Technology Focus: Well Testing (February 2013)
- Angel G. Guzman-Garcia (ExxonMobil)
- Document ID
- Society of Petroleum Engineers
- Journal of Petroleum Technology
- Publication Date
- February 2013
- Document Type
- Journal Paper
- 126 - 126
- 2013. Copyright is retained by the author. This document is distributed by SPE with the permission of the author. Contact the author for permission to use material from this document.
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The times they are a-changin’, Bob Dylan sang in the mid-1960s. And it seems to be the case in our industry today. With the never-ending search for new sources of hydrocarbons in more-complex environments, the application of old technologies has not been satisfactory to help us fully realize the new exploration opportunities. As the oil industry endeavors to extract hydrocarbons from fields where, only a few decades ago, it seemed impossible, engineers and scientists are tasked with developing ideas to gain an understanding of the dynamic behavior of the reservoirs, sometimes requiring redundant information. Creativity and ingenuity are called upon when facing challenging projects. Both are particularly necessary when one is trying to extract as much information as possible by the clever integration of multiple groups within an organization and manipulation of complementary data sets.
Despite the difficulties encountered in unconventional plays or in tight carbonates that normally require stimulation, along with patience and long-term commitment, the application of sound engineering principles has opened new areas around the world that, until recently, were perceived as not being economical. Two of the key parameters required for full exploitation of a hydrocarbon-bearing field—rock permeability and reservoir pressure—are probably the most elusive to determine in the exploration phase, particularly so in unconventional plays. Hence, any technique that decreases the uncertainty in those estimates is a new valuable tool to the engineers involved in the exploration of new frontiers. Once the size and properties of the container have been evaluated, knowledge of the fluid properties is required to under-stand the flow characteristics.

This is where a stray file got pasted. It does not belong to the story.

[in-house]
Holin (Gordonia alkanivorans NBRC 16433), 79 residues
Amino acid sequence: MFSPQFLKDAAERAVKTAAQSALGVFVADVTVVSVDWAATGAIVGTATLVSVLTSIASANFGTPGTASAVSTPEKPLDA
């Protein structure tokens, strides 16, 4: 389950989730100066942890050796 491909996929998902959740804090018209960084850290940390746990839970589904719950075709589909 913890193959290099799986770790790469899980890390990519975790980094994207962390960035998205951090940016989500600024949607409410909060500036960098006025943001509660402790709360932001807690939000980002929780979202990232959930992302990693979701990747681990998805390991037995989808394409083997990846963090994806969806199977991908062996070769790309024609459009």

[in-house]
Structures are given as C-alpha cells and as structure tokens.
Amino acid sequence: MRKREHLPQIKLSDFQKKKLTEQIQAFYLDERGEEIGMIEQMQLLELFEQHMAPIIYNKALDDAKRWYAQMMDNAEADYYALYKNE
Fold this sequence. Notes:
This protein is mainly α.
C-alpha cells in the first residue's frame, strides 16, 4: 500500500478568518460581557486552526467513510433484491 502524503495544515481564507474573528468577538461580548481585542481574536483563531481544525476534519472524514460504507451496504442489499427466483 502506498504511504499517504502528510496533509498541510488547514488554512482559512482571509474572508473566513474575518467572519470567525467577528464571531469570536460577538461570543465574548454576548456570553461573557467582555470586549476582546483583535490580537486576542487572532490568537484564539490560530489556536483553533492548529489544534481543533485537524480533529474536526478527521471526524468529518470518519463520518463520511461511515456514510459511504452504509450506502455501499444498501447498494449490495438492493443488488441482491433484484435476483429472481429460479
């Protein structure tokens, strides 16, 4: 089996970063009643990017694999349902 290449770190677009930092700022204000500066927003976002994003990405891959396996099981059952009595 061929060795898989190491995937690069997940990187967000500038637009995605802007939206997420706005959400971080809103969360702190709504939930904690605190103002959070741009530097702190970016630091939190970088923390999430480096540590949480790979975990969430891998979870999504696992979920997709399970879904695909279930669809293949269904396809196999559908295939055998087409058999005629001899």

In the early stages of developing a field, on the other hand, engineers and geoscientists continue to integrate as many data sets as possible to quantify the volume of hydrocarbons that may be produced. The well-test data, however, confirm whether the hydrocarbons are producible. With this information, field development can start in earnest. The integration of the static and dynamic data then provides encouragement to develop a field.
The three articles chosen are good examples of data integration to understand a field or the clever use of well-test data to solve a specific problem. The interested reader should also check the three alternative articles, as well as other articles available in the OnePetro library (www.onepetro.org).
Recommended additional reading at OnePetro: www.onepetro.org.
SPE 159126 Reservoir-Connectivity Analysis Using Long-Term Interference Testing in a Waterflood Pilot in the Carbonate Marrat Formation of the Greater Burgan Field, Kuwait by Naz Gazi, Kuwait Oil Company, et al.
SPE 159503 Sampling While Drilling: An Emerging Technology by Steven Villareal, Schlumberger, et al.
SPE 159680 Investigation of Thermal Well-Test Analysis for Horizontal Wells in SAGD Process by Ashkan Jahanbani Ghahfarokhi, Norwegian University of Science and Technology, et al.
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